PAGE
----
א.1 | The decision to publish Israel's state papers
Documents on political and diplomatic issues created in the Foreign Ministry and the Prime Minister’s Office remain classified even after they are transferred to the Israel State Archives. In the early days of the state it was decided to classify them for 30 years, and in 1966 a review of the regulations proposed to open the documents to the public after this. As the date approached, the State Archivist, Dr. Avraham (Paul) Alsberg, held a series of discussions with the Supreme Archives Council, the public body in charge of the archives, and with academics, senior Foreign Ministry officials, lawyers, security experts and representatives of the Prime Minister’s Office. The State Archivist asked for permission from the government to declassify the documentation on the establishment of the state. Together with the files, Dr. Alsberg planned to publish year by year a series of books which would present a chronological selection of declassified diplomatic documents, similar to the US State Department’s series, “Foreign Relations of the United States” which is published by act of Congress and enjoys great prestige and credibility. The Israeli series, like FRUS, would provide a guide to Israel’s foreign relations.
Some of the officials who took part in the discussion feared the revelation of state secrets and sensitive issues from a security point of view. However, the majority saw free access to archives and disclosure of materials about the government’s actions and policy-making as an important element of a democratic regime, like freedom of the press or academic freedom.
In April 1974, Prime Minister Golda Meir submitted a resolution to the government, instructing the archives to take the necessary steps to publish a series of state papers for the period beginning on November 29, 1947, and to open the files to the public (File G 7292/25). The prime minister was not enthusiastic about the proposal. Some ministers supported it and others suggested postponing the decision as the publication date was three years away. Finally it was decided to postpone the debate but to allow the State Archives to continue preparations.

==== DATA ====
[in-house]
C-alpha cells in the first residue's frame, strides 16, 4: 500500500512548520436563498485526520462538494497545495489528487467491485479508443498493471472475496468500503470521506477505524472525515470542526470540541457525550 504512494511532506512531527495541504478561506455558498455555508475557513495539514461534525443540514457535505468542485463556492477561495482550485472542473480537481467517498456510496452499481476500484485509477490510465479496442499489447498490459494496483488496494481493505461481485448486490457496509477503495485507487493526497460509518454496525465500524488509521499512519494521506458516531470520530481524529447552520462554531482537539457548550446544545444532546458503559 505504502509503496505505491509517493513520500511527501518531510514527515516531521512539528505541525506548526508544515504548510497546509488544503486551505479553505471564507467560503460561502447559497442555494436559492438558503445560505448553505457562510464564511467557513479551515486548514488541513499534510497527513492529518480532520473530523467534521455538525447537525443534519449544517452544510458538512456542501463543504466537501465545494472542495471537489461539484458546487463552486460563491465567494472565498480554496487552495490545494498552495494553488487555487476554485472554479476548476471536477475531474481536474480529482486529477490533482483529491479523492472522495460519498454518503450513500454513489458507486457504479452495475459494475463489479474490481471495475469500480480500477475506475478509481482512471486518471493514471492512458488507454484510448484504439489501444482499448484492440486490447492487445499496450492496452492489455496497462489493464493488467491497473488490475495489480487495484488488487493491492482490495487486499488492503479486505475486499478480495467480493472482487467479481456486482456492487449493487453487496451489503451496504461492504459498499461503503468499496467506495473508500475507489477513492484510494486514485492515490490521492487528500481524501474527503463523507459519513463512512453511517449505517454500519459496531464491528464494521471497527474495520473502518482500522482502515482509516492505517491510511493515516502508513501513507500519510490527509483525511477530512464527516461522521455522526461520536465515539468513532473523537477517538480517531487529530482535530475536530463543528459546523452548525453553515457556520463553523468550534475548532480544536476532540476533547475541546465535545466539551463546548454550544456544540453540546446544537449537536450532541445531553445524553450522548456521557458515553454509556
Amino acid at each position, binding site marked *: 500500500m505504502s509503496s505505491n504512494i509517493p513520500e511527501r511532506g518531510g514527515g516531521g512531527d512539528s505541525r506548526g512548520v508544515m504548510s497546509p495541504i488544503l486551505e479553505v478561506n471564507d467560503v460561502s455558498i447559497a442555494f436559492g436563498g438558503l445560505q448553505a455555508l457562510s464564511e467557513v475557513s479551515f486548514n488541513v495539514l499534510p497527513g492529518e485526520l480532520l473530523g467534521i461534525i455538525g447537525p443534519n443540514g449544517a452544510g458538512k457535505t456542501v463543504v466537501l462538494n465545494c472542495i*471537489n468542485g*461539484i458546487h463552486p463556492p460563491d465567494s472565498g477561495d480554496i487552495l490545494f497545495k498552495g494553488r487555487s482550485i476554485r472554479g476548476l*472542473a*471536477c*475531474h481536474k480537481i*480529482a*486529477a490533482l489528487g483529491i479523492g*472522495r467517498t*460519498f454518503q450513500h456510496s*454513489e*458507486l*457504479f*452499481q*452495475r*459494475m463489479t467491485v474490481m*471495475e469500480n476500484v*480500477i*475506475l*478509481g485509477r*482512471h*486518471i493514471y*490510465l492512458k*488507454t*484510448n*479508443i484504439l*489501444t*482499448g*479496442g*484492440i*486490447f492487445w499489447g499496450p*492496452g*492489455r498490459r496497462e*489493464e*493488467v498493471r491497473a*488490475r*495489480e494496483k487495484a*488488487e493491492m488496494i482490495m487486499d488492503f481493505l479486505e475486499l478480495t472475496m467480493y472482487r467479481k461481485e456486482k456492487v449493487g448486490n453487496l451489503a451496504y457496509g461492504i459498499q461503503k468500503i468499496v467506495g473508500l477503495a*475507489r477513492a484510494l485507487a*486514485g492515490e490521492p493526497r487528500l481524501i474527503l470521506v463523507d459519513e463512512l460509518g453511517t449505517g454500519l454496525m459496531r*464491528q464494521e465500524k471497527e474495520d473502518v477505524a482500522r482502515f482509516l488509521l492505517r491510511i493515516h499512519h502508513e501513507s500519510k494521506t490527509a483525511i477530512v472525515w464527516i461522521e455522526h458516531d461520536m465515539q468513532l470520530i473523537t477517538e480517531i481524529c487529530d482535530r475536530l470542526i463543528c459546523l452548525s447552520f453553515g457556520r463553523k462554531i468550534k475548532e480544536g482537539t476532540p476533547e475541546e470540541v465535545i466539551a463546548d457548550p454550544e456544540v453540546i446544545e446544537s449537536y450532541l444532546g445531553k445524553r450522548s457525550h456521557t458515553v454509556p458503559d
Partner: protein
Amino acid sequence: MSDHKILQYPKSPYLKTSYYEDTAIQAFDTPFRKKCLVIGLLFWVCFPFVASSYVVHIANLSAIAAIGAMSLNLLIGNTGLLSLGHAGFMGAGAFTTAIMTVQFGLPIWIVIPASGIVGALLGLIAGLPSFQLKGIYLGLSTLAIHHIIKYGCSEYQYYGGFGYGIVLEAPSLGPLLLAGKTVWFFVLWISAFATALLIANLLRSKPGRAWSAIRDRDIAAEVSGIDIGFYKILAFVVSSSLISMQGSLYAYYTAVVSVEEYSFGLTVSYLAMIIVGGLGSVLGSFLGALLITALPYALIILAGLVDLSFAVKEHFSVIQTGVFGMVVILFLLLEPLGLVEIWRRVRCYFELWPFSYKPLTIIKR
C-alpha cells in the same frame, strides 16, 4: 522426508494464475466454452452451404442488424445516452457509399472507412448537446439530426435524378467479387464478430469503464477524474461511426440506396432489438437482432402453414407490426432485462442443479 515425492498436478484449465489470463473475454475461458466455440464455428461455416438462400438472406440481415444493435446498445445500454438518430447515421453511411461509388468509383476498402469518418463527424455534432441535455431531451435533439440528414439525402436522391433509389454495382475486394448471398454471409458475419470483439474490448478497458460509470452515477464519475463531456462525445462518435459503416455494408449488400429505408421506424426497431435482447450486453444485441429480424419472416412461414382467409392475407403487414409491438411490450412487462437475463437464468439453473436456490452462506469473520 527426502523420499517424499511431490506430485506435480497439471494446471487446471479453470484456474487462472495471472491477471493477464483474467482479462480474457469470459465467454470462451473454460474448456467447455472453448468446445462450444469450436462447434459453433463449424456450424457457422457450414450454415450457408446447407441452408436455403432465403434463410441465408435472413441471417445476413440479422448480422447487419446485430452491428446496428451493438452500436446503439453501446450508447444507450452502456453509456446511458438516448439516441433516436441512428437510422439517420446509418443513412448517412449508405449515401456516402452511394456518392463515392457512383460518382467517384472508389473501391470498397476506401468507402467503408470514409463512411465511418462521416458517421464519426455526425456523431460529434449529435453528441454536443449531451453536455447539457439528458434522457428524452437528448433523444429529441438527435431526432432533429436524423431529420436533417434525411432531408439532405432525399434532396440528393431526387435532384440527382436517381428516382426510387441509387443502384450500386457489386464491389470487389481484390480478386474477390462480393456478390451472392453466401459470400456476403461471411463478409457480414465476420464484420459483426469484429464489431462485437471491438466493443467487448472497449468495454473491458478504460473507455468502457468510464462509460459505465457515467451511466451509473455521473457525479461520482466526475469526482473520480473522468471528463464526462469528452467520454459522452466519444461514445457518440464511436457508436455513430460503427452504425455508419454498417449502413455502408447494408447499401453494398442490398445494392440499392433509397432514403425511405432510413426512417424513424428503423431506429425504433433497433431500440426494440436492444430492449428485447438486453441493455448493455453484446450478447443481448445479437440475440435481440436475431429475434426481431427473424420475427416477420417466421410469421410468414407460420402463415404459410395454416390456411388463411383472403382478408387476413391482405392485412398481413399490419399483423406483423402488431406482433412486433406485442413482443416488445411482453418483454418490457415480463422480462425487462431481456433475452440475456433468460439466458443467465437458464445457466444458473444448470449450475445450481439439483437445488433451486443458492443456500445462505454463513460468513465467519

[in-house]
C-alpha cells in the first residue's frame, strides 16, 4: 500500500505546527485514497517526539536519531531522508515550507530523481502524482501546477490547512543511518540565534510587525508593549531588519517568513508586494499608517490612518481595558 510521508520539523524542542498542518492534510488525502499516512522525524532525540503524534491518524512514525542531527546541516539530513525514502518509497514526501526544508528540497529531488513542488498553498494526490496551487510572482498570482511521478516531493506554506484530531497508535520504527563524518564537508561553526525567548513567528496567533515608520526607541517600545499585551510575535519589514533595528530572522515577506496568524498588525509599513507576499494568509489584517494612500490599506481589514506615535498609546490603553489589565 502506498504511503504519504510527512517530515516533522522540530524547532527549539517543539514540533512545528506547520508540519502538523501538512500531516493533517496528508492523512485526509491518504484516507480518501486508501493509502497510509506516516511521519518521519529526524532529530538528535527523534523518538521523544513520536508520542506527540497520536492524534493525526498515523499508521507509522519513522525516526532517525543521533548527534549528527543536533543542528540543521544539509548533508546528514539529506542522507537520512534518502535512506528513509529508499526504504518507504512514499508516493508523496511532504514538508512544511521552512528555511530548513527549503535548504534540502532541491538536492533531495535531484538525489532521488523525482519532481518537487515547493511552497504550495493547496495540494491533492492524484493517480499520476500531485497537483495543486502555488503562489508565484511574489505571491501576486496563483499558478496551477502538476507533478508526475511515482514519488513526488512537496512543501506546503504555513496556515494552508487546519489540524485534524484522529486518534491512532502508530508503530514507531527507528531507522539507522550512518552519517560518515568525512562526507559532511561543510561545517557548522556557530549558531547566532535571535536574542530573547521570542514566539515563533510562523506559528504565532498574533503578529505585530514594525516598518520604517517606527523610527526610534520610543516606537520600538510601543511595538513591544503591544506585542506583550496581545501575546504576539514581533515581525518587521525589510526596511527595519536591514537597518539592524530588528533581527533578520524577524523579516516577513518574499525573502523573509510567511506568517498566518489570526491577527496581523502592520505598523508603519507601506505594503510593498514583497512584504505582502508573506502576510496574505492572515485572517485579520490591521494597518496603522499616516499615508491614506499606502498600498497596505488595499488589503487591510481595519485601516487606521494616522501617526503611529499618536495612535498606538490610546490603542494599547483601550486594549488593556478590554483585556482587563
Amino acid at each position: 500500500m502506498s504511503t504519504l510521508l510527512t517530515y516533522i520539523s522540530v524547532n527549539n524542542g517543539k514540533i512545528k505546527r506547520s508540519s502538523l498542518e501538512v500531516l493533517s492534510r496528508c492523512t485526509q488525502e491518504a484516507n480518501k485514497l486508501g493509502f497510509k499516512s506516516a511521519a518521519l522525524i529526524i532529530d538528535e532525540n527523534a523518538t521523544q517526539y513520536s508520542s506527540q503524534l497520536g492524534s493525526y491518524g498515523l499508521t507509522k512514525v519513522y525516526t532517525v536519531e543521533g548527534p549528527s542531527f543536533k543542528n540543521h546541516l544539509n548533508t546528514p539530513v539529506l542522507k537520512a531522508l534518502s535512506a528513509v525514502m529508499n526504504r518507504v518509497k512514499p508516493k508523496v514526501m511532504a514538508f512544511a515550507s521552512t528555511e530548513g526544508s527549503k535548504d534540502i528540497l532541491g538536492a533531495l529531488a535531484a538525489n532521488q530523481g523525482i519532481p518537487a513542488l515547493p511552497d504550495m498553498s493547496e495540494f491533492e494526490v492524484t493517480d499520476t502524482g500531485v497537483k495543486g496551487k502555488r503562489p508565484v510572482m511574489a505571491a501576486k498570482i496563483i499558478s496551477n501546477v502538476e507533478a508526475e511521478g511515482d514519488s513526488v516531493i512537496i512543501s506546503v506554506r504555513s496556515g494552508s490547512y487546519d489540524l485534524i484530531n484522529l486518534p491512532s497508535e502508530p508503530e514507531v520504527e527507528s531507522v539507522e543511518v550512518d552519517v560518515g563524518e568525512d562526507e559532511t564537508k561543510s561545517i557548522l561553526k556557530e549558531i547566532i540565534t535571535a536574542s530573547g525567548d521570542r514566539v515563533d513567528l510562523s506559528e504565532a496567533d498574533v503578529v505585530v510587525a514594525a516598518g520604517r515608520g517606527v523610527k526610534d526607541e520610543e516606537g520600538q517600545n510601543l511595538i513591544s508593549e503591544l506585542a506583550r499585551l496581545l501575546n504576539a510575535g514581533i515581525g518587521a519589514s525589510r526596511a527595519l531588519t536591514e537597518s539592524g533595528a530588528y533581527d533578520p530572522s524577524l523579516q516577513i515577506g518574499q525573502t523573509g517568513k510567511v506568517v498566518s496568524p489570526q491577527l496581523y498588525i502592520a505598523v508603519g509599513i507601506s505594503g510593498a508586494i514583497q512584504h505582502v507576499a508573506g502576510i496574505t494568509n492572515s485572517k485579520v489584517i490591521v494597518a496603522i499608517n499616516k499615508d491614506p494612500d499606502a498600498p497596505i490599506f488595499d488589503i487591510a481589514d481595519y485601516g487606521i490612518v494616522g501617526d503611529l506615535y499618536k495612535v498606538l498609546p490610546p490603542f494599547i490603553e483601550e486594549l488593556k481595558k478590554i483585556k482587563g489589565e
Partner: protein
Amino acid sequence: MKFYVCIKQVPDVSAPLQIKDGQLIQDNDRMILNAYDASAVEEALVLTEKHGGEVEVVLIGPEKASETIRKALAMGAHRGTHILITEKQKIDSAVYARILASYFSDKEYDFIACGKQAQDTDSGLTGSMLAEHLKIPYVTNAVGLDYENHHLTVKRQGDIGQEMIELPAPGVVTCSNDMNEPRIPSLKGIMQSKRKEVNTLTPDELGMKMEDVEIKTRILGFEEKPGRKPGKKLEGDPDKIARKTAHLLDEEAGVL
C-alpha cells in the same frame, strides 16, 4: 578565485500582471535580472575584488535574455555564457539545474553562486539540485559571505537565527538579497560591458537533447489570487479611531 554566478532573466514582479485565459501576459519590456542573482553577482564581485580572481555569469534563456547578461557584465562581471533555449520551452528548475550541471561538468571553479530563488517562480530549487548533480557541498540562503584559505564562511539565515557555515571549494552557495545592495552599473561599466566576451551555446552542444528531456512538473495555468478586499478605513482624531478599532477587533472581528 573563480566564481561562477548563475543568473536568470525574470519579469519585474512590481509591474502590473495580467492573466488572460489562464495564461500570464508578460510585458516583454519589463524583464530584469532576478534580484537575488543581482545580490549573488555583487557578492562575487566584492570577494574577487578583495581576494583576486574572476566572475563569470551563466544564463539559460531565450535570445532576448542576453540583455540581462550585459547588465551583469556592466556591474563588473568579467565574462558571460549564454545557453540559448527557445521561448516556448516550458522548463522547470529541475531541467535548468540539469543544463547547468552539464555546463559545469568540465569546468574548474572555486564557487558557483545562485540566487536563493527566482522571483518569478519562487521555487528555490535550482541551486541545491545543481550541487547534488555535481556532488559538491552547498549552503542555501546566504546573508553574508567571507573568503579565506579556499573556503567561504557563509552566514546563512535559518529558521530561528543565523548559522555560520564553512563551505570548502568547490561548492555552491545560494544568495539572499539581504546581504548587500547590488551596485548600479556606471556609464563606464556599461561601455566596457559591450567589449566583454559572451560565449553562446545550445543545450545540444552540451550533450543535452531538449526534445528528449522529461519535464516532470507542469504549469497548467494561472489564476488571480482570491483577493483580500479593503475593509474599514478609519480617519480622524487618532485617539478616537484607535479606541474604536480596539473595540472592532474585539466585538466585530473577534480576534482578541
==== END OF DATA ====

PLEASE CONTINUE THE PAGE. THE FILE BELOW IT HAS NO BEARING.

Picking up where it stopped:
At the end of April 1974, Golda Meir resigned and Yitzhak Rabin replaced her as prime minister. In December 1974, the Rabin government discussed the archive’s proposal and decided to set up a ministerial committee headed by Minister Gideon Hausner to examine the idea of publishing the series.
In the meantime, Alsberg set up a declassification team of veteran staff from the Foreign Ministry and a team of historians to prepare a selection of documents, firstly for the period of the establishment of the State in 1947-1948. On May 17, 1976, the government again discussed Minister Gideon Hausner’s resolution on opening the documents to the public and preparing the series. The discussion opened up debate on the “public’s right to know”, and legal expert Ze’ev Segal published a column in the Ma’ariv daily on 24 May on the pros and cons of the argument. Segal attacked those ministers who still held to the view that the government or the “authorities” should control the information they produced and decide what citizens should be allowed to know.
On August 31, 1976, a discussion was held in Minister Hausner’s office with the participation of Attorney General Aharon Barak, as a result of which the State Archives was given a retroactive seal of approval for the preparation of the series.